IRELAND is trapped in an economic vortex, emigration and unemployment levels are soaring.
So why then has Con Hogan decided to enter the race to become GAA President?
“These uncertain times mean there are huge challenges for the Association,” the former Tipperary chairman said last night, “but it also means huge opportunities for the Association.
Hogan is a well-qualified candidate to join former Leinster Council chief Liam O’Neill in the race to succeed Christy Cooney in the Association’s prestigious role.
A member of the Management Committee at Croke Park, Hogan has also spearheaded multi-million euro developments of Semple Stadium including the flood-lighting of the famous arena. He is currently a GAA Trustee.
“A number of people in Tipperary and outside the county are of the belief I should stand. And I have decided to do just that,” he continued.
“I have many years of administrative experience in the Association from club, divisional, county board level up to working with Croke Park. I have been very involved in many changes in the Association in the last 10 years.
“I have an insight into the issues facing the Association and the experience to lead the Association in uncertain times.”
Uncertain times is the polite way of describing the worst financial crisis in the state’s history which is having an adverse effect on Association coffers.
Yet Hogan is convinced that the GAA will be the one constant that many in Ireland will turn to when times are at their worst.
He argued: “The GAA has never been as strong but what it must not do is become complacent.
“The biggest issues facing the Association are in terms of economic uncertainty. Many of our members are unemployed and may be forced abroad while a lot of funding for development work has been hit.
“But I believe that in uncertain times the GAA has a lot to offer its members. In the past, in times of high unemployment, the GAA was always a haven where people could turn and maintain a sense of value and worth to the community. And I believe the same will apply again.
“Currently the GAA, in co-operation with the GPA, have programmes to help intercounty players find employment, develop their CVs and themselves. But you could have models of that approach at county and club level. There are people in every county and club who have those skills and could come together and help one another.”
The growing exodus from rural to urban Ireland, is according to the Tipperary man, another challenge facing the Association.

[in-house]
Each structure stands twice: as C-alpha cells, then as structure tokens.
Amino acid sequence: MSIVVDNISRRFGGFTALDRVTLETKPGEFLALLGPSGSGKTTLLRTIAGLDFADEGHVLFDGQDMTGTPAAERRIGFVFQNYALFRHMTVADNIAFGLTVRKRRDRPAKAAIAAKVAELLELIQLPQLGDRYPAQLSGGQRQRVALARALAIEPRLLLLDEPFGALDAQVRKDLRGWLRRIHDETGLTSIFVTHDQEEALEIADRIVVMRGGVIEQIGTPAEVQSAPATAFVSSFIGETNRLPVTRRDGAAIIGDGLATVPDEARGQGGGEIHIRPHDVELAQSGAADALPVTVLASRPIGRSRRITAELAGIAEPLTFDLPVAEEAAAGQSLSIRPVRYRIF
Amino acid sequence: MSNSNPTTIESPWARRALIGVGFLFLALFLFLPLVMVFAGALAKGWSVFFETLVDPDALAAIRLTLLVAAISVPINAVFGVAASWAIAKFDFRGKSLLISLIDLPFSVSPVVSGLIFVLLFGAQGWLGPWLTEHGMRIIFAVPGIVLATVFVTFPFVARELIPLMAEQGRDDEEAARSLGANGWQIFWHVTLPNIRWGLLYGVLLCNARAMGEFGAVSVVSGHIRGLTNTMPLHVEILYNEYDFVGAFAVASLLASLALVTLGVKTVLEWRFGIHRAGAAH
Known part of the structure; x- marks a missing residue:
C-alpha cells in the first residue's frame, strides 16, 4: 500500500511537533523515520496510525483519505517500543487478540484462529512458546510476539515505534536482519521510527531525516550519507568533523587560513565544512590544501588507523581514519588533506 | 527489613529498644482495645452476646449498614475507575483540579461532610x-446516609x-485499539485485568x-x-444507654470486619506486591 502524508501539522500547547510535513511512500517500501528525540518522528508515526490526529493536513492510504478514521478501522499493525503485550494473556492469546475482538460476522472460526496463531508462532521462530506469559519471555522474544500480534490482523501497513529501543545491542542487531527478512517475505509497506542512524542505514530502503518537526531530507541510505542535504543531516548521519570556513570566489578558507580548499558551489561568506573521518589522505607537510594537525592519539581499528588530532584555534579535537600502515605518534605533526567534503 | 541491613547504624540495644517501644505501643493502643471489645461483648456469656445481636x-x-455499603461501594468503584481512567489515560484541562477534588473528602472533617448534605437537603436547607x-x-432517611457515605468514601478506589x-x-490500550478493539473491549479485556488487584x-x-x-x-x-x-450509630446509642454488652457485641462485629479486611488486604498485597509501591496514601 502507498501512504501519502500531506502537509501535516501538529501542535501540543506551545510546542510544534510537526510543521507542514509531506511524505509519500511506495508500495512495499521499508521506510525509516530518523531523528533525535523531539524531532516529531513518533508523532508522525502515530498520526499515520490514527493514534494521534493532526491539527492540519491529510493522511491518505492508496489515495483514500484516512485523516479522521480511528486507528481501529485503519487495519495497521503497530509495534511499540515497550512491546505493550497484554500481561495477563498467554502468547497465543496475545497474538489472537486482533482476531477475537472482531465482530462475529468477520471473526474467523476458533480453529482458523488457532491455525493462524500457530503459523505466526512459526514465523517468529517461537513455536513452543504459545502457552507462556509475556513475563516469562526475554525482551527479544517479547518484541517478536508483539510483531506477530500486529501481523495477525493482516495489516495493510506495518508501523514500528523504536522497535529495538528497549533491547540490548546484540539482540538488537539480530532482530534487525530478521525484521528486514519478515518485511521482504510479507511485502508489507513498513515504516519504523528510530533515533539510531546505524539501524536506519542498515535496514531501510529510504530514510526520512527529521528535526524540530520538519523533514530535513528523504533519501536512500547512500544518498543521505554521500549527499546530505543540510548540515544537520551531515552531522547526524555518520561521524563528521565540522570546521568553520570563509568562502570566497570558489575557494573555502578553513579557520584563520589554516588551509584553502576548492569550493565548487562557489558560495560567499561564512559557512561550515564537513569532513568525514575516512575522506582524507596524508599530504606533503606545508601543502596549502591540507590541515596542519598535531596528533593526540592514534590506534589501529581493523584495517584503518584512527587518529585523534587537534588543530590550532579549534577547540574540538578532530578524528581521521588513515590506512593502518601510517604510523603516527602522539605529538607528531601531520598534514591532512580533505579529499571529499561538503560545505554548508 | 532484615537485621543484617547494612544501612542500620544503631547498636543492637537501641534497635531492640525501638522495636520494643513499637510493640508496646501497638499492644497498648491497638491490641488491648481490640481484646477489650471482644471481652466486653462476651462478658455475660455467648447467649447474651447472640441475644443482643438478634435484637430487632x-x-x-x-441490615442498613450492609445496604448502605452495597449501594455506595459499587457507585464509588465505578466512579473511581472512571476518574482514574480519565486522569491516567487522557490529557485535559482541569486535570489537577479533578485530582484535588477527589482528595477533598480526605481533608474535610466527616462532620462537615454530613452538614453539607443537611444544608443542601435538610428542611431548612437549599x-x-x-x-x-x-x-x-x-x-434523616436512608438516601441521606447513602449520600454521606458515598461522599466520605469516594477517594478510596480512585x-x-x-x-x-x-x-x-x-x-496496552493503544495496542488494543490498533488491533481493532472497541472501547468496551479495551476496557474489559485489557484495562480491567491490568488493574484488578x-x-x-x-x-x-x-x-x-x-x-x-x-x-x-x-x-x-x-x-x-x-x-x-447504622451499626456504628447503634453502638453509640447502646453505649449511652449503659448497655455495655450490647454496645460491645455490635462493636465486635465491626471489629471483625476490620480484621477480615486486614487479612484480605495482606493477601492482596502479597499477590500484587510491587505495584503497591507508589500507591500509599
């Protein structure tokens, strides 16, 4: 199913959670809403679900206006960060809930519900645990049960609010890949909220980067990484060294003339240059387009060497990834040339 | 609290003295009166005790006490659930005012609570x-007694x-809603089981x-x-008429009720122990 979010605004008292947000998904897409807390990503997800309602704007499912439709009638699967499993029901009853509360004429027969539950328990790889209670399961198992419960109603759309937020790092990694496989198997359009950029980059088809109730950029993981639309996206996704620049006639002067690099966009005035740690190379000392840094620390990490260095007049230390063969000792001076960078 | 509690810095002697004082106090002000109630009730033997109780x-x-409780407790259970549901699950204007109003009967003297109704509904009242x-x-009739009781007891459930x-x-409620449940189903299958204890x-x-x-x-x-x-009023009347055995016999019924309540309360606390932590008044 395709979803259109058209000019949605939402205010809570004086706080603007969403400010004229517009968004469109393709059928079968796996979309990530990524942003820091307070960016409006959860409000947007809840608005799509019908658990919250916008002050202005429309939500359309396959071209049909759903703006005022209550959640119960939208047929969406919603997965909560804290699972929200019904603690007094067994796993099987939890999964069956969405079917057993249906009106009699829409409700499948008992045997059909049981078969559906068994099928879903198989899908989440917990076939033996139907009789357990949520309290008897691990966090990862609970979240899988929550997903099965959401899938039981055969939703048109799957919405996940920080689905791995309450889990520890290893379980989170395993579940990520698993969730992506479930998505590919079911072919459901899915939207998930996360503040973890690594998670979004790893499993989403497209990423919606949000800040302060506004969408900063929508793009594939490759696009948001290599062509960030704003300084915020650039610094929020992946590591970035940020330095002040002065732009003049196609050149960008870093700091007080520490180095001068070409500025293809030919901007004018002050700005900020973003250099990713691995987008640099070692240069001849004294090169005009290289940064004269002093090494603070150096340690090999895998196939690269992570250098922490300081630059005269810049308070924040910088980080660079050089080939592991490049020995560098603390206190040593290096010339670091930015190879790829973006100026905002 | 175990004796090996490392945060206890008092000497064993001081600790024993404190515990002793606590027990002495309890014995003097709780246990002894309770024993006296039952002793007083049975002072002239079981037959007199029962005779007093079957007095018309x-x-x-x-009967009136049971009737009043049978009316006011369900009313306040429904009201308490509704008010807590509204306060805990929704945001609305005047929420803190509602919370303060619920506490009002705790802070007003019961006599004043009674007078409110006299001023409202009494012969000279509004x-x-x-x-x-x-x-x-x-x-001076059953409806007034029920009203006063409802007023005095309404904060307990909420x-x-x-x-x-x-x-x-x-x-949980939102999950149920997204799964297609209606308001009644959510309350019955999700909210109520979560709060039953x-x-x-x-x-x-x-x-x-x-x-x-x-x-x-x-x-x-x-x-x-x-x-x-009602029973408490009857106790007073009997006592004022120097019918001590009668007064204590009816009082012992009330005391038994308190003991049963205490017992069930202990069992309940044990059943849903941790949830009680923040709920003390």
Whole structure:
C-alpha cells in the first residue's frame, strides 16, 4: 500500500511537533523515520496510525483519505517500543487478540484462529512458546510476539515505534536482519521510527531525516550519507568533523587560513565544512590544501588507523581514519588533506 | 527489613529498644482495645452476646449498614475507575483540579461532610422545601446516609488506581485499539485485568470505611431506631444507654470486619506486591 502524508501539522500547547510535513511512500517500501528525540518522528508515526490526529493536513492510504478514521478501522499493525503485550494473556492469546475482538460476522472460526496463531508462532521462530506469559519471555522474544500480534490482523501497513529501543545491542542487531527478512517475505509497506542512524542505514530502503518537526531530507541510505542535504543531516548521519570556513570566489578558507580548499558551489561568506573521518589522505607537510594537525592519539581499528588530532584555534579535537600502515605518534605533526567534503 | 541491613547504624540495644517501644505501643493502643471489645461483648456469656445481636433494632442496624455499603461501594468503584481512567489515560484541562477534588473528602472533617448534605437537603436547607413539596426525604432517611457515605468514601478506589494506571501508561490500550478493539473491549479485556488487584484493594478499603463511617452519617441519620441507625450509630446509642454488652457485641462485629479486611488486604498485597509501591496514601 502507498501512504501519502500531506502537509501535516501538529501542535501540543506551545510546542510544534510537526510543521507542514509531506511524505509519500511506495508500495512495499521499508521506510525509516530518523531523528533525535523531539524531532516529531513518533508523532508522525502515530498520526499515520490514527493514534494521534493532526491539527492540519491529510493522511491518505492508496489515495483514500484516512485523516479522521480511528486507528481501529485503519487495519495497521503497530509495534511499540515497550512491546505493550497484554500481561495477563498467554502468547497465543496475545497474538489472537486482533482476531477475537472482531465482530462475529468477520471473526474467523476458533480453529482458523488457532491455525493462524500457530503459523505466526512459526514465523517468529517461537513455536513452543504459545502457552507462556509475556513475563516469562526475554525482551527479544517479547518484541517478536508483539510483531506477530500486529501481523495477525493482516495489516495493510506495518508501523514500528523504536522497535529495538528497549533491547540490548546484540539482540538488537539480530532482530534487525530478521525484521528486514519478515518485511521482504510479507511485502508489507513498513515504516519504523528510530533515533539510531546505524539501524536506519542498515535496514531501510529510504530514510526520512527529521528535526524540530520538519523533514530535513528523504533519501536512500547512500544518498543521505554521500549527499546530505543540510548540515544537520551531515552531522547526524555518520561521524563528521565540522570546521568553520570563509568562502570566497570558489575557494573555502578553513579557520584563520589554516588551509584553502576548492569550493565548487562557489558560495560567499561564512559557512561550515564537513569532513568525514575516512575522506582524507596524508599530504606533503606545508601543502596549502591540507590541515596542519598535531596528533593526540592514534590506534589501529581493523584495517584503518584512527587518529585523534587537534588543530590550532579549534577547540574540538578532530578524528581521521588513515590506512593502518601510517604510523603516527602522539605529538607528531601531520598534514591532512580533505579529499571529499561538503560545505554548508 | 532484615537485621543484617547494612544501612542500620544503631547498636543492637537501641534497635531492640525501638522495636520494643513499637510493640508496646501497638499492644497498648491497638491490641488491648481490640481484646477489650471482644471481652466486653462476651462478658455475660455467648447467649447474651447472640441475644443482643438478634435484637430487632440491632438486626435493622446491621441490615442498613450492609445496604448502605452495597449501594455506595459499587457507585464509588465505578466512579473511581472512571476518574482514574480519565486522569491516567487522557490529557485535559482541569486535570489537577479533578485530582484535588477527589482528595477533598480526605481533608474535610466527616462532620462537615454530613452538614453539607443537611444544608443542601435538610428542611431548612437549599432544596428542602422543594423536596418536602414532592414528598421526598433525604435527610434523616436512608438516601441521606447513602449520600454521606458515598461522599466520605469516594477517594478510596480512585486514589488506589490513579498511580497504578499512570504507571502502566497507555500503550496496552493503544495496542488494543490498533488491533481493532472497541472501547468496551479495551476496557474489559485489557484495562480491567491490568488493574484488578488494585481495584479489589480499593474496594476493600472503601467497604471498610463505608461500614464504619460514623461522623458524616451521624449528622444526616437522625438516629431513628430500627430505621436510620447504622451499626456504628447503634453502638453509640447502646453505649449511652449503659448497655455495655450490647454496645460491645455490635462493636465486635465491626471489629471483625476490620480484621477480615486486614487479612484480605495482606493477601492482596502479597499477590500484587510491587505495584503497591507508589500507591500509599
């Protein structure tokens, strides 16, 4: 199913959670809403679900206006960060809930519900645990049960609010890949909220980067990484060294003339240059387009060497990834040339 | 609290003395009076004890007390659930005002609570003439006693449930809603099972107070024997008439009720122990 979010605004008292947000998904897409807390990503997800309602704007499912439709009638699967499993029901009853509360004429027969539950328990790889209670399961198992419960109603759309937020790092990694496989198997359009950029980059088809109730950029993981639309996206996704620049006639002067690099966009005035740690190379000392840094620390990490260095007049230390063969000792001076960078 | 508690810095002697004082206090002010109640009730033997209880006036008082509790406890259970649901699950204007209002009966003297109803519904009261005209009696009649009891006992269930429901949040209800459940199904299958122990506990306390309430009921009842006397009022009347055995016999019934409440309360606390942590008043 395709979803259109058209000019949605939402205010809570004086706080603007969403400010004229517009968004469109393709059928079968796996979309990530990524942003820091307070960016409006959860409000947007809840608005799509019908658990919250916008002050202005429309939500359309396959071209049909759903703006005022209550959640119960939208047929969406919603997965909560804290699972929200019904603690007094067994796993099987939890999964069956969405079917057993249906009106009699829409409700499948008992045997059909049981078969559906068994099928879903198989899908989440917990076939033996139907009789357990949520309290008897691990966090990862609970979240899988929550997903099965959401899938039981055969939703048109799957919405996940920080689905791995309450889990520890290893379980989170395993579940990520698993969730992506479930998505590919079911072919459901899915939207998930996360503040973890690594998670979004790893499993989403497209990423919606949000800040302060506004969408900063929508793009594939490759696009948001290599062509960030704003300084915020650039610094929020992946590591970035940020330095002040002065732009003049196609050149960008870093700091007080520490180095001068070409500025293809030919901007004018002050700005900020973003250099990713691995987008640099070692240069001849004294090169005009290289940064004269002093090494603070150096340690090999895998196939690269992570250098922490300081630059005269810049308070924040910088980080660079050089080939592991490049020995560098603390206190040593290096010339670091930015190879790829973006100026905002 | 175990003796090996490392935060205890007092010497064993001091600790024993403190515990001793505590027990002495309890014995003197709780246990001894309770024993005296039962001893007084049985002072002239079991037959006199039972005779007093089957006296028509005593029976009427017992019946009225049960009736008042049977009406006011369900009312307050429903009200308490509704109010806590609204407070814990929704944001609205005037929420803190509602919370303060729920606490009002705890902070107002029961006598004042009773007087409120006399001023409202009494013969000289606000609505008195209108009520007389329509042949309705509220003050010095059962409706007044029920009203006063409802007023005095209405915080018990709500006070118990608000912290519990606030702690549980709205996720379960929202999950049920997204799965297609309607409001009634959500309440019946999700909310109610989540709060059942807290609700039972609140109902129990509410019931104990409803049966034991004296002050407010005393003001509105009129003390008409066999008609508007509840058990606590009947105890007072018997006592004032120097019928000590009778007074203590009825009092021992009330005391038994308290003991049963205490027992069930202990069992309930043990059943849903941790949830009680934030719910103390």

“More and more of our members are leaving rural areas. So we have a situation where rural clubs are being hit and struggling and then we have an influx of people in urban areas who now need to be catered for.
“Take the greater Dublin area as an example; the potential there alone is enormous for the Association. But more needs to be done to capitalise on these trends. We need to consider structures and systems to ensure the continued growth and survival of clubs in both cases.”
He continued: “Another major interest I have is in games development and directing resources towards that, the development of GAA at juvenile level and addressing the issue of fall-off in players from 16 onwards is another area.”
One of the cause celebrés of Championship 2010 has been video technology. Joe Sheridan’s Leinster final winning goal, Benny Coulter’s fisted effort which helped secure Down’s passage to an All-Ireland decider along with a number of contentious points in both codes have many clamouring for the GAA to take the lead of their rugby cousins. Hogan is ruling nothing in – or out.
He argued: “You have to be careful when you are addressing the issue of video technology. What do you mean when you say video technology? Are you looking to see if a ball was over the line or over the bar, or a decision made, or not made in the lead up to the incident.
“I would welcome the debate on the issue of video technology but I think it is important that we don’t just jump into the issue of video technology without thinking it through.”
Hogan said he was ‘pretty satisfied’ with the GAA’s disciplinary systems.
“The changes in our disciplinary procedures are working well. A few years ago it was quite common to have High Court injunctions by players or clubs and county boards. Thankfully that doesn’t happen any more. The new system from where the Central Competitions Control Committee start the process right up to Disputes Resolution Authority is working well and most counties would feel that is the case.”
The growth of television coverage is another issue facing any incoming president. Does Hogan feel there is too few or too many high profile games on the box?
“There has to be a balance. Perhaps the balance has tipped towards too many TV games this year and there maybe should be some reduction in that. But I don’t think you could underestimate the promotional value which television brings to the GAA.”
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